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Balancing Property Taxes and the Quality of Education

Lisa Loper of the Scott Loper Team talks about homebuyers balancing property taxes and the school district when searching for a home.

Residents of Montgomery County reap the benefits of excellent public schools.  It is the wealthiest county in Pennsylvania with the neighboring counties of Bucks, Chester, and Delaware not far behind.

As everyone knows, the school district is of paramount importance for many (if not most) homebuyers.  For some, it is the primary criteria they use to search for a home. 

When buyers are relocating to this area from across the country, they seem to already know of districts like Council Rock, Lower Merion, and Tredyffrin/Easttown – all good things they have heard.

Who is to say which school district is the best or the worst? 

Looking at sales of $400K homes ($390K - $410K) in the last three months (the busy season for real estate as families want to move after the school year ends and before the new year starts), it is interesting to look at the number of sales in several school districts as well as the average school taxes for those sales:

School District                       # of Sales                        Avg Taxes

Wissahickon                                    5                                    $3,926

Tredyffrin/Easttown                        10                                    $4,057

North Penn                                      9                                    $4,322

Council Rock                                  12                                    $4,329

Lower Merion                                   6                                    $4,393

Hatboro-Horsham                             2                                   $5,138

Central Bucks                                 16                                   $5,212

Methacton                                        1                                   $5,225

Perkiomen Valley                              3                                   $5,227

Pennridge                                        4                                    $5,544

Upper Dublin                                    7                                   $5,860

Souderton                                        3                                   $5,933

Norristown                                       0                                  $6,280*

 

*There were no sales in the last 3 months.  This is the average school taxes going back to sales 3-6 months ago.

As school districts face tightening budgets, it sounds easy to look to the taxpayer to pay for any budget shortfalls.

This is a tough one.  Realtors see a lot of hardship out there, people who have lost their jobs, worried about losing their jobs, struggling with their mortgages, facing foreclosure in a real estate market that no one would characterize as robust.  Higher end homes with high enough property taxes are already in quicksand.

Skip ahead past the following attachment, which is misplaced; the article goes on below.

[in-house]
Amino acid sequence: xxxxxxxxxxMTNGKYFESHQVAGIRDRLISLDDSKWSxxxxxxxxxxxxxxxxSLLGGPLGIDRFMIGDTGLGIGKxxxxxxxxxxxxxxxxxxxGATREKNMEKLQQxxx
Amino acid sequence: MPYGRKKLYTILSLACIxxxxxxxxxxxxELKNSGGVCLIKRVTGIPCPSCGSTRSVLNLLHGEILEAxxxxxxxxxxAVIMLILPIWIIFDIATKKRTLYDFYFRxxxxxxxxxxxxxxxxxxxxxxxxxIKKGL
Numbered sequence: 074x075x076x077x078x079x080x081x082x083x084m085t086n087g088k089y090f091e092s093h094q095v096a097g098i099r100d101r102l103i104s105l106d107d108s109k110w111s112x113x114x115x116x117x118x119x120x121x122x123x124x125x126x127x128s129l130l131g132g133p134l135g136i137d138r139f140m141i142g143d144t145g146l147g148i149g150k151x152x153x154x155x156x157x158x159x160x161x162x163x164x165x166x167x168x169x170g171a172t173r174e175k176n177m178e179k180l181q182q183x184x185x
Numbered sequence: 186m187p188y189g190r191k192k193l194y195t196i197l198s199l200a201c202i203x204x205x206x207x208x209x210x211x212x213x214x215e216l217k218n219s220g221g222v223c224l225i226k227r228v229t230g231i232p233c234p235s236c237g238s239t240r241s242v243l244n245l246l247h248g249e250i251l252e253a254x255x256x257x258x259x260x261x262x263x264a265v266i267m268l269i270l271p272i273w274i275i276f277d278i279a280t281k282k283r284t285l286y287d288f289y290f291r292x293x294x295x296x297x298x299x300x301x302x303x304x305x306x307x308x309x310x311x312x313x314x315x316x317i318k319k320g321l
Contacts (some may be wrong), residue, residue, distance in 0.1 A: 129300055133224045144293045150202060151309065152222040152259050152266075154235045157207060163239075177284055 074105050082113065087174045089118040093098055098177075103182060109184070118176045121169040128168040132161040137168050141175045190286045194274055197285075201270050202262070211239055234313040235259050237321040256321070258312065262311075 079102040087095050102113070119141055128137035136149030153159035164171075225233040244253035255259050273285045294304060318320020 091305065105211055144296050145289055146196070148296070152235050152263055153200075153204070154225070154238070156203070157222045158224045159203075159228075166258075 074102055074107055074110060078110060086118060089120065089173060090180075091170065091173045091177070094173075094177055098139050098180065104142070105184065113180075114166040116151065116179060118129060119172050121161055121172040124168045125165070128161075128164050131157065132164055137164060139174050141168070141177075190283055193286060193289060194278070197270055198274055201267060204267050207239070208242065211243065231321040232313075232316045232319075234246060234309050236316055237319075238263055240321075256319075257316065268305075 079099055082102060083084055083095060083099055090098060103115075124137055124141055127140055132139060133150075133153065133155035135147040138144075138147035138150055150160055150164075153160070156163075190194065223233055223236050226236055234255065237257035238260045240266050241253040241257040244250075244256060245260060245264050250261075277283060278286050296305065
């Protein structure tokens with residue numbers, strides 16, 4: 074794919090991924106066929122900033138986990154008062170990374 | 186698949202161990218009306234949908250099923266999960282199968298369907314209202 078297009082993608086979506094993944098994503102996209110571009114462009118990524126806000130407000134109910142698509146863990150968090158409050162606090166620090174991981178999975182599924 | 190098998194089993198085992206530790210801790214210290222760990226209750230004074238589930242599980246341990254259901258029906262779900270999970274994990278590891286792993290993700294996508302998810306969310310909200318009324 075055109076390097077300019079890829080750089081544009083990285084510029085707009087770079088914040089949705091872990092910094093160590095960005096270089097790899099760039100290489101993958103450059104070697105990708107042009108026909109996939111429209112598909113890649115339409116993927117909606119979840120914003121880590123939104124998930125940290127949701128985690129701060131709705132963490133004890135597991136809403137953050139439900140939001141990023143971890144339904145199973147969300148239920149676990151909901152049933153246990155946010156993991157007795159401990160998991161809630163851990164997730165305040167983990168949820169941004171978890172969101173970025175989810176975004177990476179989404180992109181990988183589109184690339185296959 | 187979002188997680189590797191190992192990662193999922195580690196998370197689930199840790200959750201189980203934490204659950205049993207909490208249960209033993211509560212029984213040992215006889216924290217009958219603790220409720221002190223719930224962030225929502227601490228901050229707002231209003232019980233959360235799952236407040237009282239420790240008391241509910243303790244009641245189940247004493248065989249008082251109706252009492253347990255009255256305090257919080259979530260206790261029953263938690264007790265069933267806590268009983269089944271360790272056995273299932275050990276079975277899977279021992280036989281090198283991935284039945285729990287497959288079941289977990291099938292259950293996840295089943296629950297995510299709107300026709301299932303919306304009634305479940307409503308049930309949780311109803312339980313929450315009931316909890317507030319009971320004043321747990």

But, compensation is what attracts and keeps great teachers, and great teachers and state of the art facilities make great schools.  And great schools attract professional working families.  That keeps the property values high.  Right?  But someone has to pay for all this greatness.

Some districts have a “reputation” for excellence; others have a “reputation” for having high property taxes.  Before any district considers a substantial rise in school taxes, they should consider if the rise in taxes will be matched by an equal rise in reputation.

We see buyers steering away from some school districts because of high property taxes, especially when those districts are not considered "better" than the other neighboring districts with lower property taxes.

There are so many top notch school districts in the Philadelphia suburbs, why would a buyer pick one whose reputation does not match the taxes?  There has to be a balance.

Every Wednesday at noon, the Scott Loper Team of Re/Max Realty Group in Harleysville offers some sage advice to potential and current homeowners in our area.  The Scott Loper Team includes Scott Loper, Lisa Loper and Gina Wherry, Re/Max Realty Group, 439 Main Street, Harleysville, PA 19438, 215-256-1200.

Lisa Loper September 08, 2011 at 01:36 AM
Correction: A reader emailed that in fact Chester County has the highest per capita wealth according to Forbes. Montgomery County ranks #2 in the state.
Candy Allebach September 08, 2011 at 02:33 PM
Your reader was correct, Montgomery County is #2. Here is the rankings for the 5 county area: 1. Chester County, per capita income - $46,917 median household income - $93,833 2. Montgomery County per capita income - $30,898 median household income - $60,829 3. Bucks County per capita income - $27,430 median household income - $59,727 4. Delaware County per capita income - $25,040 median household income - $50,092 44. Philadelphia County per capita income - $16,509 median household income - $30,746 This information was current as of May, 2011, but I don't believe that it has changed to much in the following months, expect for incomes to go down. Thanks for the article, it was very, very informative, keep up the good work and good luck in real estate, you will need it. P.S. I live in the Methacton S.D. and they are constantly telling the public that we are the richest county in the state and the taxpayers can afford any and all tax increases. And they honestly believe this, especially school director Michael Simeone.

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